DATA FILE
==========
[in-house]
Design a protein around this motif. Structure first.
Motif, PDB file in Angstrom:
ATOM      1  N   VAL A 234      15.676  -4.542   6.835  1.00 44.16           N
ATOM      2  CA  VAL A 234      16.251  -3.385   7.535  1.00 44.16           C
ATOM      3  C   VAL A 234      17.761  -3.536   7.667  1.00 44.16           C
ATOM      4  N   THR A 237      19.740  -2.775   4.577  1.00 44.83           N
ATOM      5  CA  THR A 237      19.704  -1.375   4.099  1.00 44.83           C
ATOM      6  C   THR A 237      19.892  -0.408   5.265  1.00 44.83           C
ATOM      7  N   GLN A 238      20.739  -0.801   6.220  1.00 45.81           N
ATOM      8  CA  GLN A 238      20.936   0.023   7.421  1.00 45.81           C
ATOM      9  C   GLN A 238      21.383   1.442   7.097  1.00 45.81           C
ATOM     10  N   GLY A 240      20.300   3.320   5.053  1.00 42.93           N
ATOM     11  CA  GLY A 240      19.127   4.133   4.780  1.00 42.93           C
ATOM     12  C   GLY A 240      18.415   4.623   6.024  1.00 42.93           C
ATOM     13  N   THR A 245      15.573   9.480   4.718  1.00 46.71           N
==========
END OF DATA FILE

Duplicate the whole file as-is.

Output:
[in-house]
Design a protein around this motif. Structure first.
Motif, PDB file in Angstrom:
ATOM      1  N   VAL A 234      15.676  -4.542   6.835  1.00 44.16           N
ATOM      2  CA  VAL A 234      16.251  -3.385   7.535  1.00 44.16           C
ATOM      3  C   VAL A 234      17.761  -3.536   7.667  1.00 44.16           C
ATOM      4  N   THR A 237      19.740  -2.775   4.577  1.00 44.83           N
ATOM      5  CA  THR A 237      19.704  -1.375   4.099  1.00 44.83           C
ATOM      6  C   THR A 237      19.892  -0.408   5.265  1.00 44.83           C
ATOM      7  N   GLN A 238      20.739  -0.801   6.220  1.00 45.81           N
ATOM      8  CA  GLN A 238      20.936   0.023   7.421  1.00 45.81           C
ATOM      9  C   GLN A 238      21.383   1.442   7.097  1.00 45.81           C
ATOM     10  N   GLY A 240      20.300   3.320   5.053  1.00 42.93           N
ATOM     11  CA  GLY A 240      19.127   4.133   4.780  1.00 42.93           C
ATOM     12  C   GLY A 240      18.415   4.623   6.024  1.00 42.93           C
ATOM     13  N   THR A 245      15.573   9.480   4.718  1.00 46.71           N